The new law, designed to prevent incidents like this, requires drivers of both passenger and commercial vehicles to make “reasonable efforts” to remove ice or snow from their vehicles within 24 hours of a winter storm.

    There are exceptions for motor carrier vehicles, mass transit vehicles, and buses from this requirement under the following conditions:

    • The driver is en route to a facility to remove accumulated ice or snow at the time they are stopped by law enforcement, or
    • Compliance would cause the driver to violate any other federal or state law or regulation regarding workplace safety or would be a threat to the health or safety of the driver.

    Under the new section 3721 of the Vehicle Code, law enforcement officers have discretion to pull over a vehicle where the buildup of snow or ice poses a potential hazard. Each offense is $50, regardless of whether any snow or ice is dislodged.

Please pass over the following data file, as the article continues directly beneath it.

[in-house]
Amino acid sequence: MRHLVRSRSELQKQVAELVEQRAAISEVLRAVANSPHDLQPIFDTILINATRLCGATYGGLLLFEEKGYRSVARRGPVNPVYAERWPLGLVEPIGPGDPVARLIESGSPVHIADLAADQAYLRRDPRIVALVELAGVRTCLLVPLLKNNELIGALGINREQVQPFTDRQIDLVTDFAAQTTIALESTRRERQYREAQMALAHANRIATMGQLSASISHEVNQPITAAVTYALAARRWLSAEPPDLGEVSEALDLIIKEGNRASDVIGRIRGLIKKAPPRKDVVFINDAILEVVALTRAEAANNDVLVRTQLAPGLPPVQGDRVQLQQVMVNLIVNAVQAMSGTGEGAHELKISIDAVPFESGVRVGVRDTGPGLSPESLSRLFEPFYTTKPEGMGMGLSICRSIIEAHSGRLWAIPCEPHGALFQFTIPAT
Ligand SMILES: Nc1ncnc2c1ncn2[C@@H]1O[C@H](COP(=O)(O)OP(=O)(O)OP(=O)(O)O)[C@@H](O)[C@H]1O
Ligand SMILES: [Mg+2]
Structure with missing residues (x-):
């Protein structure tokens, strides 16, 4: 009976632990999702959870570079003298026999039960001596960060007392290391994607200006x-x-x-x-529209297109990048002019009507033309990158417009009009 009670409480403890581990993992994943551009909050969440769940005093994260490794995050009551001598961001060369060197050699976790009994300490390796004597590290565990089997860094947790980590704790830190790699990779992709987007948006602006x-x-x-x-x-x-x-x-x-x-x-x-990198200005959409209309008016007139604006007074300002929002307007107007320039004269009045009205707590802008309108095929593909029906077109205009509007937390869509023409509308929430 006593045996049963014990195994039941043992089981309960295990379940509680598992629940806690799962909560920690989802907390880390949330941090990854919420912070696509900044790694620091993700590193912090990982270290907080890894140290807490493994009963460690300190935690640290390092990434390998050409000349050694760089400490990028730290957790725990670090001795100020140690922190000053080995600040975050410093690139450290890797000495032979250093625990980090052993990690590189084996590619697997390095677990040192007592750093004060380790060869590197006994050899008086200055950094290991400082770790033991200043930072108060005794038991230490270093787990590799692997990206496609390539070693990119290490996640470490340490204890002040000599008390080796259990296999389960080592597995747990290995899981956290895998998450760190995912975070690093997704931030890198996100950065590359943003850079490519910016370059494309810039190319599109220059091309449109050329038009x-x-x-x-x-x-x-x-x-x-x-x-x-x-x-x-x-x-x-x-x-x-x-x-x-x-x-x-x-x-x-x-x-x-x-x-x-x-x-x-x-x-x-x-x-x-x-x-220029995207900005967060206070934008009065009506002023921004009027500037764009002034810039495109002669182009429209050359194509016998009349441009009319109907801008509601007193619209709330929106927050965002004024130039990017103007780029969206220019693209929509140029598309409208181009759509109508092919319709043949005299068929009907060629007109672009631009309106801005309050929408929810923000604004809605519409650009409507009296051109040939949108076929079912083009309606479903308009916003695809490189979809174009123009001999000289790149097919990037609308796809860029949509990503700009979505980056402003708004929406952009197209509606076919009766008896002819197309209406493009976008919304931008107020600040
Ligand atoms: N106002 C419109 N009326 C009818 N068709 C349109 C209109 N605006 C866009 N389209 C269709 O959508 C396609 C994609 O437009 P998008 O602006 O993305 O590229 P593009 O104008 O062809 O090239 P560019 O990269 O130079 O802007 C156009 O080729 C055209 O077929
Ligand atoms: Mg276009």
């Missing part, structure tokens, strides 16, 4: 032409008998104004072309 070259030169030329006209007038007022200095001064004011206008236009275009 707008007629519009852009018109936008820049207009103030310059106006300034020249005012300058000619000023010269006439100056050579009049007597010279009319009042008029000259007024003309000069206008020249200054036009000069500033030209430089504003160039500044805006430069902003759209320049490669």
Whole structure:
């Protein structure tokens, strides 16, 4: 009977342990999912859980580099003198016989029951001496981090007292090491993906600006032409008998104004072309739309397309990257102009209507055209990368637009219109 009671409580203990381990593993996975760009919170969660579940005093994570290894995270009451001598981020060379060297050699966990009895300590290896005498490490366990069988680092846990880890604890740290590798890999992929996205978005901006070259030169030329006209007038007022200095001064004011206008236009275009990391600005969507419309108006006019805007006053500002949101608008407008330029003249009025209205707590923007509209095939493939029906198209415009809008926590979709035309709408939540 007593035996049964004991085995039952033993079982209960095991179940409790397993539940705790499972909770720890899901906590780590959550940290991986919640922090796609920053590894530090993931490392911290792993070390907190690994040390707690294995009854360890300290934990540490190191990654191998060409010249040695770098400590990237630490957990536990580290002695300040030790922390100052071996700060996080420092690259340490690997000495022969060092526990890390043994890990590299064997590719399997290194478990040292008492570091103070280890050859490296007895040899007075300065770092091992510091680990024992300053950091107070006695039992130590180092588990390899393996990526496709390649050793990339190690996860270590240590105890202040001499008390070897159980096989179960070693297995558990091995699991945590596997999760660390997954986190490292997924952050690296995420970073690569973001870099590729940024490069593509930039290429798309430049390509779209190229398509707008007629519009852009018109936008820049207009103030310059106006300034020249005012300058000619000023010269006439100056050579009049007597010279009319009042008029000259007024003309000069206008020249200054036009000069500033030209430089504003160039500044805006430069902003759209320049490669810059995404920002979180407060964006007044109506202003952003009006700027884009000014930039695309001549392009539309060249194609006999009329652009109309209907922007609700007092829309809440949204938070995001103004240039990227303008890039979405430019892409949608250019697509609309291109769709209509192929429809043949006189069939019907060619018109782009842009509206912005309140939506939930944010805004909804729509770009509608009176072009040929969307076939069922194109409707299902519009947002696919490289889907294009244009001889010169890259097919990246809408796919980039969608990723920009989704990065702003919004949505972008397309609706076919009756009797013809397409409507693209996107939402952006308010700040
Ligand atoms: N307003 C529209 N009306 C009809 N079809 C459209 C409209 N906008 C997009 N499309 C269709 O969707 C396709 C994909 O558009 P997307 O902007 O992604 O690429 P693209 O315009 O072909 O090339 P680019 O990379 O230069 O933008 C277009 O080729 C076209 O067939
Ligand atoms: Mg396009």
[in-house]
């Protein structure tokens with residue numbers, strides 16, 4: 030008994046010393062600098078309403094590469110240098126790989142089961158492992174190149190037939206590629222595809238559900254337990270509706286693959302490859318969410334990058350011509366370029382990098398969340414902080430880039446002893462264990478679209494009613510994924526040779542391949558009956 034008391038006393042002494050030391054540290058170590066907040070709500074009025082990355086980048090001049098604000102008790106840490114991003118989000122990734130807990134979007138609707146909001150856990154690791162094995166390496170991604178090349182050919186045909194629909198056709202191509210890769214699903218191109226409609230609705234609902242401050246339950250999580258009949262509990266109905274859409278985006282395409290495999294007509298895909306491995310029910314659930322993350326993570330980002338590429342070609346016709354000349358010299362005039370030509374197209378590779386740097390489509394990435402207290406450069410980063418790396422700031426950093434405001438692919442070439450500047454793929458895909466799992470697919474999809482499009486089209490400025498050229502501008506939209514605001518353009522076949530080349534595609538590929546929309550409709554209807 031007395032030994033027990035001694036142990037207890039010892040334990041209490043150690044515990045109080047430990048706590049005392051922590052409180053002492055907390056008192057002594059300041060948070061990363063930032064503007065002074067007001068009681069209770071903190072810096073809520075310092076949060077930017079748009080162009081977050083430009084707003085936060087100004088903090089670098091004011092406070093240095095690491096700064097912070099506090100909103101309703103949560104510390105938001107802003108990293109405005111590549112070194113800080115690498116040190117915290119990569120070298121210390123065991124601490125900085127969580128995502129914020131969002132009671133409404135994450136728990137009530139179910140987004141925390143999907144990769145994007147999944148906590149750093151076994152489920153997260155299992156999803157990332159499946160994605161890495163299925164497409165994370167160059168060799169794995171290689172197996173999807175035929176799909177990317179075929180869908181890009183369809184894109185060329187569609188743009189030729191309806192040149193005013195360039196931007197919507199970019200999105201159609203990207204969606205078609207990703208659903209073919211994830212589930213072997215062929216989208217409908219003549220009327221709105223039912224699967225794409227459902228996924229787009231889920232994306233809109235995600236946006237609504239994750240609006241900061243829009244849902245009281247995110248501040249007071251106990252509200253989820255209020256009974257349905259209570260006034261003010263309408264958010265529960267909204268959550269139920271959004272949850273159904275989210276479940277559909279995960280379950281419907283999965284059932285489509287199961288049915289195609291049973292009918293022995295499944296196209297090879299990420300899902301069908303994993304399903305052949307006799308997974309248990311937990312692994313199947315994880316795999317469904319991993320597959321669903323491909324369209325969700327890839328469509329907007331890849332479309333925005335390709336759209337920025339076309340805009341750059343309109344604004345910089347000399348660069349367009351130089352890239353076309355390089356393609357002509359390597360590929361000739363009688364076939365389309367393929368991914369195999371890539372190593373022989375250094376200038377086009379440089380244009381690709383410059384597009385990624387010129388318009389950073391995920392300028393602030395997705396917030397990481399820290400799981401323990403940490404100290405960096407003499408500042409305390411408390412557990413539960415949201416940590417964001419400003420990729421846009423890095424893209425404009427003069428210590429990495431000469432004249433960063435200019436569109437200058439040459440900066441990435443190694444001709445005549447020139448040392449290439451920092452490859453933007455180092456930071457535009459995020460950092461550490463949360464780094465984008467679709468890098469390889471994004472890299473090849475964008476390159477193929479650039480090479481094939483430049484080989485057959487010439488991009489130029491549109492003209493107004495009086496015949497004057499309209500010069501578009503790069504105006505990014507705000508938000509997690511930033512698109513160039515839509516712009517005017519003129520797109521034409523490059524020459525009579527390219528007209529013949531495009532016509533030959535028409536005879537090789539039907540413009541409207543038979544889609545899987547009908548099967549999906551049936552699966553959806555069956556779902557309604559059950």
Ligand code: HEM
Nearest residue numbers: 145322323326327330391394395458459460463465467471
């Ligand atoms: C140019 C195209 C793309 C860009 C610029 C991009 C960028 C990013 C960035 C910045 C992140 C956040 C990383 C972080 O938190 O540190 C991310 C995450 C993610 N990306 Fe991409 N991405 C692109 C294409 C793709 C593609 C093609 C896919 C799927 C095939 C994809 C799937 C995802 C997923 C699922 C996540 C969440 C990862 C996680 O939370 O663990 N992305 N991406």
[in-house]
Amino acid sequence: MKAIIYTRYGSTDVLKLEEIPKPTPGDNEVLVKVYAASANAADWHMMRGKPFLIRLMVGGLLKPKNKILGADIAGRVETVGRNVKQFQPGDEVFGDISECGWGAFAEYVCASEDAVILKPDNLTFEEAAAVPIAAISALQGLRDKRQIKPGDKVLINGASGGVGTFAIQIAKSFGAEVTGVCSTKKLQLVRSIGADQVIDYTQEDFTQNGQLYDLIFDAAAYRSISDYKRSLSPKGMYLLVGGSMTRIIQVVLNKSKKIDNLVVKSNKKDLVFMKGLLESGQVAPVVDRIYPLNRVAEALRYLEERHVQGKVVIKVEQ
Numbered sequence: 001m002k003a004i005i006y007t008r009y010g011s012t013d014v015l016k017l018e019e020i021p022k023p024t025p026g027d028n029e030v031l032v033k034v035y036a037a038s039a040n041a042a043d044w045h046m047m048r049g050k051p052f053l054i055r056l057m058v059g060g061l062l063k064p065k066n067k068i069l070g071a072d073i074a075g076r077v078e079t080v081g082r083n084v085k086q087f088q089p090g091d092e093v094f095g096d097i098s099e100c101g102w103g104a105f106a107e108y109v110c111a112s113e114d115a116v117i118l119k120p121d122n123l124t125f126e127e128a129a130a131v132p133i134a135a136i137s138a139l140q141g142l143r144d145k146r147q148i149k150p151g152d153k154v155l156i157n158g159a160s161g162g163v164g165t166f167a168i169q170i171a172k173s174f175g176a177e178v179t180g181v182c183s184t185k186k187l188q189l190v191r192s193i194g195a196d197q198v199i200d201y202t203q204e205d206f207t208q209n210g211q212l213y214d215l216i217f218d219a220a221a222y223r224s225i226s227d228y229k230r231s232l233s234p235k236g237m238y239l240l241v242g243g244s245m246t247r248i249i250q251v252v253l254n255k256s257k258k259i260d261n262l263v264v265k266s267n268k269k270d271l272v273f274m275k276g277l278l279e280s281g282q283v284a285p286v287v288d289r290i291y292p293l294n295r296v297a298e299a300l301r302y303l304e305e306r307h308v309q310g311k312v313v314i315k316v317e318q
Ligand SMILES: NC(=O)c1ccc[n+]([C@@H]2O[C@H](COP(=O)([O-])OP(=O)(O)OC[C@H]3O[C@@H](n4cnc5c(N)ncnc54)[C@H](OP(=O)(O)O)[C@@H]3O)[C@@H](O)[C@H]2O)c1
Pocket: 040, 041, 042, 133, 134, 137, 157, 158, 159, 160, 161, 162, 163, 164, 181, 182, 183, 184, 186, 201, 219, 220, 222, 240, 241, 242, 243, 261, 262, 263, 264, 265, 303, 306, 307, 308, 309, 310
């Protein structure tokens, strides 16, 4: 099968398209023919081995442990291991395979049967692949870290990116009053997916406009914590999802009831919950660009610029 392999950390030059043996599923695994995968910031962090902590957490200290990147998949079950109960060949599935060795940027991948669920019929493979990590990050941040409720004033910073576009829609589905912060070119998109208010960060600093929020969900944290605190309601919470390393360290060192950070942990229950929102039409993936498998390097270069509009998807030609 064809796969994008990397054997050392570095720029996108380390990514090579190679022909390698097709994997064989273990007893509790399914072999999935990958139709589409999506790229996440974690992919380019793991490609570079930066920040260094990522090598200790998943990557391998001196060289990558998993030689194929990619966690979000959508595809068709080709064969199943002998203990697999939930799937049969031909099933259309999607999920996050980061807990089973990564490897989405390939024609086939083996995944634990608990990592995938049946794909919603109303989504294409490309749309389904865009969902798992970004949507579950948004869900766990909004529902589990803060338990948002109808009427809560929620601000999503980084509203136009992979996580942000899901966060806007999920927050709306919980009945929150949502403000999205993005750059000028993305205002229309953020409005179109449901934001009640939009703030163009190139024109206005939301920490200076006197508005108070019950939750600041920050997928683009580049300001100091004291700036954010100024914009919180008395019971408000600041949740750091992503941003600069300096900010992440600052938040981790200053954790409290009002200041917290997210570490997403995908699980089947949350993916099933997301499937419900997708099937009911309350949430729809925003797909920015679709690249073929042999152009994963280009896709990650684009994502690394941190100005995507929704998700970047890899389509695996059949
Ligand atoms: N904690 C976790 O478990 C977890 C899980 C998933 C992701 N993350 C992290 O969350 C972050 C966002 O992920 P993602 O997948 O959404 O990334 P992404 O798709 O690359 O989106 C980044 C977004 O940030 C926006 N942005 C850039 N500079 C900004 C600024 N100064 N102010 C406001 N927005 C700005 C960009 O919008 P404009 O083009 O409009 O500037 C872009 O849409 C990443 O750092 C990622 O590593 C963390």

However, should snow or ice become dislodged from a moving vehicle and strike another vehicle or pedestrian, causing death or serious injury, the fine is not less than $200 and not more than $1500 for each offense.

    Check out PMTA’s recent webinar on Winter Weather Restrictions and Snow/Ice Removal for details.


  • November 16, 2022 12:56 PM | Brandon Moree (Administrator)

    The trucking industry needs talented, knowledgeable, and dynamic young leaders to drive us into the future. Do you know an emerging leader in the industry? Nominate them today for the second class of PMTA’s leadership program PA Trucking: FFWD.

    Participants will hear speakers, meet industry leaders, and participate in discussions that give them a 360-degree view of the industry and equip them to lead in their companies, their communities, and in the trucking industry.

    The cost of the annual program will be just $100.

    Those interested should fill out this application form.

  • November 15, 2022 2:58 PM | Rebecca Oyler (Administrator)

    PMTA members are invited to join the PA Coalition for Civil Justice Reform's educational presentation next week about the impact of the recent PA Supreme Court action rescinding the Medical Liability Venue Rule. This ruling will impact medical costs and the availability of medical services statewide. Click below to register.